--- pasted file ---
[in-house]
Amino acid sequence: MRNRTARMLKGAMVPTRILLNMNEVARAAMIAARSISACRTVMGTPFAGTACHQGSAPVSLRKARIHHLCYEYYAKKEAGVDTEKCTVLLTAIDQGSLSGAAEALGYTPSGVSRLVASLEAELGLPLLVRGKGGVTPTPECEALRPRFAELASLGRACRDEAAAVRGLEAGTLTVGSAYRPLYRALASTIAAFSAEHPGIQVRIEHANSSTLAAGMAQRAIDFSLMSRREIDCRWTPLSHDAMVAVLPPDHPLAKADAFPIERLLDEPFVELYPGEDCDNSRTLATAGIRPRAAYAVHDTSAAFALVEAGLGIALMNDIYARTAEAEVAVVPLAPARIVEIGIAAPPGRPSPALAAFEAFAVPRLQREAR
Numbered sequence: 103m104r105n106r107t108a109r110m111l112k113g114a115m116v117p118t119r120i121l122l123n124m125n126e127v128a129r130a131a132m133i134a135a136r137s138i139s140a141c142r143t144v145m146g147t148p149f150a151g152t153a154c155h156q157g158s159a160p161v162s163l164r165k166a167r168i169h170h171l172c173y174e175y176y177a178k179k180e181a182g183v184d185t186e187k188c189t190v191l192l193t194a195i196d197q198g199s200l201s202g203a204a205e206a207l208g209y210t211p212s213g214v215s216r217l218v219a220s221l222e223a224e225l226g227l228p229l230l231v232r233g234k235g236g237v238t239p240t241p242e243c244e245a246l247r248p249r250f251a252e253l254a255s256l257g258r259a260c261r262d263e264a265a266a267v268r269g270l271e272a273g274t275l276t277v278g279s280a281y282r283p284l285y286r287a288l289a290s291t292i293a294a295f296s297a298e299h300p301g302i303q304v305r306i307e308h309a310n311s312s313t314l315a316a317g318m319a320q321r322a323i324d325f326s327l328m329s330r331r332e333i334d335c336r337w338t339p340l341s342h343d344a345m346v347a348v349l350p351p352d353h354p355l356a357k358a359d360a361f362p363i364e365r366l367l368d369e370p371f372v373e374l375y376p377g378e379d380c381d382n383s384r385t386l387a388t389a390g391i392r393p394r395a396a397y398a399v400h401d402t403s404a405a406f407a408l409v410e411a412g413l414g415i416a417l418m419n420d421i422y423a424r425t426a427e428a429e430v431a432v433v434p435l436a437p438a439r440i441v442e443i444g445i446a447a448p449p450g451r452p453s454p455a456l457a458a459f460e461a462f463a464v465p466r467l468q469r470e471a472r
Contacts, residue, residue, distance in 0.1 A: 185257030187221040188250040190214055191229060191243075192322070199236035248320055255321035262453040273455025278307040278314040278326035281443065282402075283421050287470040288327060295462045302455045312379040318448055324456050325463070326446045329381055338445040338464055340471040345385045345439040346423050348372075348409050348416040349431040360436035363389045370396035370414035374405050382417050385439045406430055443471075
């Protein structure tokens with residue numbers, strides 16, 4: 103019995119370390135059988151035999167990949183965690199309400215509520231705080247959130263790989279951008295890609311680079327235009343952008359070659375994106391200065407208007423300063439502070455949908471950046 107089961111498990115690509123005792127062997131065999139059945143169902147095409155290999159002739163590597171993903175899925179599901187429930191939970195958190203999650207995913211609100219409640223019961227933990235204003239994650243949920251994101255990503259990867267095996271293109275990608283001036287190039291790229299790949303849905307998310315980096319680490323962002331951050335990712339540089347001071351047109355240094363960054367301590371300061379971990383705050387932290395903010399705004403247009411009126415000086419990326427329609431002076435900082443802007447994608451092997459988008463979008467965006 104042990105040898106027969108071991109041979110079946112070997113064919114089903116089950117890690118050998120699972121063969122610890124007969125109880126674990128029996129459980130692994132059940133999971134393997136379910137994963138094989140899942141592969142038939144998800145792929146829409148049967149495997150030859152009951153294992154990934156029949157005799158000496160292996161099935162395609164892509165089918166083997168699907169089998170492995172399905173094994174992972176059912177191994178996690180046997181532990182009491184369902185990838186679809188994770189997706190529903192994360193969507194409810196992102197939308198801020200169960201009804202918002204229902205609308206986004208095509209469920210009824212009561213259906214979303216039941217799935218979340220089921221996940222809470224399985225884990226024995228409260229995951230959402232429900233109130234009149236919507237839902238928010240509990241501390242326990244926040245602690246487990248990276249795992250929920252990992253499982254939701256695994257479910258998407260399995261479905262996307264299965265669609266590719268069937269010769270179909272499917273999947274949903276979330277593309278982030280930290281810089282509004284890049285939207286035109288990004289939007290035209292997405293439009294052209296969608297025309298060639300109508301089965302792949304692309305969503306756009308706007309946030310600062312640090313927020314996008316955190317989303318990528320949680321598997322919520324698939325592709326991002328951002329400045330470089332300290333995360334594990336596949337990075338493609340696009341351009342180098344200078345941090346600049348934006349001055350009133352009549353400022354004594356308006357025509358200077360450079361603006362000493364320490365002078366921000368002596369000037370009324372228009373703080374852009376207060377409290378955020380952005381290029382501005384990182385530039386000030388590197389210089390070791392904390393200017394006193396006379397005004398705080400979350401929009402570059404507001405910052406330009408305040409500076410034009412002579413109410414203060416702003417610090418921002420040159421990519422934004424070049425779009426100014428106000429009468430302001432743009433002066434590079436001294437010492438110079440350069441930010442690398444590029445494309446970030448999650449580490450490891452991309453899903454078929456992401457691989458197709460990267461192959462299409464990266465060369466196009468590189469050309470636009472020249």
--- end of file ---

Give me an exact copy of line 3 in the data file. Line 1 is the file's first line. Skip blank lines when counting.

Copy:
Numbered sequence: 103m104r105n106r107t108a109r110m111l112k113g114a115m116v117p118t119r120i121l122l123n124m125n126e127v128a129r130a131a132m133i134a135a136r137s138i139s140a141c142r143t144v145m146g147t148p149f150a151g152t153a154c155h156q157g158s159a160p161v162s163l164r165k166a167r168i169h170h171l172c173y174e175y176y177a178k179k180e181a182g183v184d185t186e187k188c189t190v191l192l193t194a195i196d197q198g199s200l201s202g203a204a205e206a207l208g209y210t211p212s213g214v215s216r217l218v219a220s221l222e223a224e225l226g227l228p229l230l231v232r233g234k235g236g237v238t239p240t241p242e243c244e245a246l247r248p249r250f251a252e253l254a255s256l257g258r259a260c261r262d263e264a265a266a267v268r269g270l271e272a273g274t275l276t277v278g279s280a281y282r283p284l285y286r287a288l289a290s291t292i293a294a295f296s297a298e299h300p301g302i303q304v305r306i307e308h309a310n311s312s313t314l315a316a317g318m319a320q321r322a323i324d325f326s327l328m329s330r331r332e333i334d335c336r337w338t339p340l341s342h343d344a345m346v347a348v349l350p351p352d353h354p355l356a357k358a359d360a361f362p363i364e365r366l367l368d369e370p371f372v373e374l375y376p377g378e379d380c381d382n383s384r385t386l387a388t389a390g391i392r393p394r395a396a397y398a399v400h401d402t403s404a405a406f407a408l409v410e411a412g413l414g415i416a417l418m419n420d421i422y423a424r425t426a427e428a429e430v431a432v433v434p435l436a437p438a439r440i441v442e443i444g445i446a447a448p449p450g451r452p453s454p455a456l457a458a459f460e461a462f463a464v465p466r467l468q469r470e471a472r